Solomon Islands: Could a form of Land Army assist to improve the economy and provide other important incentives.
I read the article in today’s Solomon Times which said, quote:
“For much of the rural Solomon Islands agriculture would be the only form of economic activity, many are informal establishments supplying exporters in Honiara. (Quoting the Solomon Times – 17 July 2020.
“The National Government has successfully completed a weeklong awareness mission on the Covid-19 Economic Stimulus Package in Malaita Province this week.
”An awareness team led by the Deputy Prime Minister Manasseh Maelanga together with some Malaita MPs and government officials has reached out with information about the package and the processes and conditions involved.
“People have also expressed satisfaction with the government for reaching out to explain the processes, selection criteria and other conditions for applying for the package.
“The stimulus package was initiated to cushion the negative impacts of COVID 19 on the economy. The overall objective is to keep the economy afloat and to ensure it does not spiral down-wards.
“The guiding principles of the stimulus include:
- Quick economic return.
- Significant impact on the rural and national economy in terms of employment and revenue
- And long term platform for economic recovery phase post-COVID-19.
The government had concluded similar awareness talks in parts of Guadalcanal, Isabel, Western, Makira and Choiseul provinces.
Awareness for Central, Temotu and Rennell Bellona is set for next week as well.”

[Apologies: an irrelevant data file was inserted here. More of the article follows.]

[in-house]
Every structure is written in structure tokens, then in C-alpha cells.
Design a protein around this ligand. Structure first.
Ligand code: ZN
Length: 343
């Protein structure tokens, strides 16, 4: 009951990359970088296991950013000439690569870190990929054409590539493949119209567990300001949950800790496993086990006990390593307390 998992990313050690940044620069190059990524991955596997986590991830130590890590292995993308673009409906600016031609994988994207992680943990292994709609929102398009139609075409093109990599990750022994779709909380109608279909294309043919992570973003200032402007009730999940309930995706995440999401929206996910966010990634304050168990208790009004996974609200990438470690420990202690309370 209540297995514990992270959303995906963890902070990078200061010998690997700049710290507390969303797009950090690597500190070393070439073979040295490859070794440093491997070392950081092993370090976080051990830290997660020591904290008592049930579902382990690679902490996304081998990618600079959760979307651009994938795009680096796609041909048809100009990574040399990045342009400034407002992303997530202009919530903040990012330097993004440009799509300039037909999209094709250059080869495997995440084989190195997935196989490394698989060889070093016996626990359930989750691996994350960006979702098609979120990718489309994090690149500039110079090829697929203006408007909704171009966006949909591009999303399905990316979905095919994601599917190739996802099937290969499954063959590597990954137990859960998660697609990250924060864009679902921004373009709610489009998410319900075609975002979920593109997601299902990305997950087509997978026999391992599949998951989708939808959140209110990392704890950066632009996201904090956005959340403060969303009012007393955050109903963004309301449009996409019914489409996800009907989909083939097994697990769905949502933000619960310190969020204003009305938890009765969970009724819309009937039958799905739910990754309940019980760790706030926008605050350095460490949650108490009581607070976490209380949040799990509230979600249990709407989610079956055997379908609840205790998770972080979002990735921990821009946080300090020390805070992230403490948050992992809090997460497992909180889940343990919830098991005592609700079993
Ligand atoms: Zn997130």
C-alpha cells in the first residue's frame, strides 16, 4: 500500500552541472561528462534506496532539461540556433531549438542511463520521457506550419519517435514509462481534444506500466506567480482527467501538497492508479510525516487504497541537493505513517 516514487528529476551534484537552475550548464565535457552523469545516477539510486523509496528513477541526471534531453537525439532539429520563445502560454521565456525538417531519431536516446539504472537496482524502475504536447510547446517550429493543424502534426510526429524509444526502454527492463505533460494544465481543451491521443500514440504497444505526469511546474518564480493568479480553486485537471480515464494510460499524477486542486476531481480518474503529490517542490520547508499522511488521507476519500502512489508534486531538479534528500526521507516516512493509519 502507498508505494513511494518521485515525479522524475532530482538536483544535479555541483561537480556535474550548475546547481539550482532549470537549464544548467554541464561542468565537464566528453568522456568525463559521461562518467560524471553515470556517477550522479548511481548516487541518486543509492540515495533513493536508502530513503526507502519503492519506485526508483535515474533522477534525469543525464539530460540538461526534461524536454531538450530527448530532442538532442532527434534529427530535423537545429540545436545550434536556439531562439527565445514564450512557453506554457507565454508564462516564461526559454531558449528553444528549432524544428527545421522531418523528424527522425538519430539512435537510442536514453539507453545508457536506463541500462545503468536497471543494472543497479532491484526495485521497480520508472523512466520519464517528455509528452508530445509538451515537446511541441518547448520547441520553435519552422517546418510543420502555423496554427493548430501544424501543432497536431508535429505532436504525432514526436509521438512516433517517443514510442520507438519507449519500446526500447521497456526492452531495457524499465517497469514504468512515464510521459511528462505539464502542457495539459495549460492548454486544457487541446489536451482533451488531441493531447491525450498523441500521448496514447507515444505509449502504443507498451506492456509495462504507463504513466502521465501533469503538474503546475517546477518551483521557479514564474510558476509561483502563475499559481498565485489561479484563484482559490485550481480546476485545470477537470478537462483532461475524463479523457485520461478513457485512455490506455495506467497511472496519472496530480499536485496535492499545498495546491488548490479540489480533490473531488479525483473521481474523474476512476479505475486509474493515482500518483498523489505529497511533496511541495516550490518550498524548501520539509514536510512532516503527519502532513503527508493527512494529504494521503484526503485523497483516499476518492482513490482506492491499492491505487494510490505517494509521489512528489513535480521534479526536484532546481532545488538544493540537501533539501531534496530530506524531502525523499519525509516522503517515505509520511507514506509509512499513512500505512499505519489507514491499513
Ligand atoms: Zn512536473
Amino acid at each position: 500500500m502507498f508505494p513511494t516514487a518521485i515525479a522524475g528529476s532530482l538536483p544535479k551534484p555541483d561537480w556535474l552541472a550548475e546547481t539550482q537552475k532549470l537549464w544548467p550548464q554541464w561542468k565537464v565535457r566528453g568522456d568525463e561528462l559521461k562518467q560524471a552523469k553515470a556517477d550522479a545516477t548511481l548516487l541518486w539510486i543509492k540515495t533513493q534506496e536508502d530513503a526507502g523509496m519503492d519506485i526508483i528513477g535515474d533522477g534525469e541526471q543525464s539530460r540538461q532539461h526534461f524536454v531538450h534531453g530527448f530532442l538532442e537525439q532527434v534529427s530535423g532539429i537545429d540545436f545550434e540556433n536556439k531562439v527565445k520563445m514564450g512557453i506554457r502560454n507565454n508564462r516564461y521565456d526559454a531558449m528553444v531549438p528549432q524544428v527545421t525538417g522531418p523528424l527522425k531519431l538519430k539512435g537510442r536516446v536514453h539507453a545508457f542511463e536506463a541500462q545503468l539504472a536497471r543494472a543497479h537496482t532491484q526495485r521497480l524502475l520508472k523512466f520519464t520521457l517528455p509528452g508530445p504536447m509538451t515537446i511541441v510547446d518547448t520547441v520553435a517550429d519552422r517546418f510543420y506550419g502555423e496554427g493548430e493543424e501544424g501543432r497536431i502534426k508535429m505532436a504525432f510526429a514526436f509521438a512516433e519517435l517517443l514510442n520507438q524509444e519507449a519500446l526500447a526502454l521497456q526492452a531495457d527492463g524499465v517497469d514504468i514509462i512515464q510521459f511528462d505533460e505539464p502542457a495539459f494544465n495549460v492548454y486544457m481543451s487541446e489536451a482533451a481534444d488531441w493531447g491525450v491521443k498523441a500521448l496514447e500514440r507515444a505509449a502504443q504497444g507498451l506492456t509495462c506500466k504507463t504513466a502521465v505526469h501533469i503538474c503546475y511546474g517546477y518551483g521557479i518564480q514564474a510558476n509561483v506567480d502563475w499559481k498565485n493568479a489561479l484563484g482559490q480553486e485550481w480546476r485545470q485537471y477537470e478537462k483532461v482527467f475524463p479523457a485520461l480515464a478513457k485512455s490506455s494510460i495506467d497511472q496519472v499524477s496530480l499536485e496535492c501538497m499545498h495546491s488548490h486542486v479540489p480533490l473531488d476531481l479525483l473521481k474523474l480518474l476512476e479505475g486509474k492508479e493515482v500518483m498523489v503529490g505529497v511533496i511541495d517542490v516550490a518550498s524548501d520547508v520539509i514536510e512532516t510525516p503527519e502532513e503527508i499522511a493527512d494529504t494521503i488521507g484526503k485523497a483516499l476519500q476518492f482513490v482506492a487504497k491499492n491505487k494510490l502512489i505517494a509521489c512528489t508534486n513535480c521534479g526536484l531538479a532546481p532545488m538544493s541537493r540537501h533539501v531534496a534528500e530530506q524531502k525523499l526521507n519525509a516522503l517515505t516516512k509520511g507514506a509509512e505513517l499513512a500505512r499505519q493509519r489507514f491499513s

(Source Solomon Times)
The guiding principles of the stimulus package are clear and I refer in particular for the need to boost the national economy and help create employment in the rural, informal sector of the country.
For those of us old enough to remember, the UK introduced a Women’s Land Army, a civilian organization during the Second World War, enabling women to work in agriculture and replacing the men called up for military service.
They picked the crops and did all the jobs that men normally would do on the land.
As the prospect of war became increasingly likely, the government wanted to increase the amount of food grown within Britain. In order to grow more food, more help was needed on the farms and so the government started the Women's Land Army in July 1939
At first it asked for volunteers. This was supplemented by conscription, so that by 1944 it had over 80,000 members. The WLA lasted until its official disbandment on 21 October 1949.
Could the Solomon Islands Government consider the idea of a kind of Land Army with support from the official sponsors of the Rapid Employment Scheme to enable unemployed people, especially youths, to carry out informal agricultural work to help boost crop production, aid the economy, provide some means of income and, at the same time, encourage a return to informal sector farming?
Remember, too, 1 in 7 youths in the Solomon Islands are unemployed.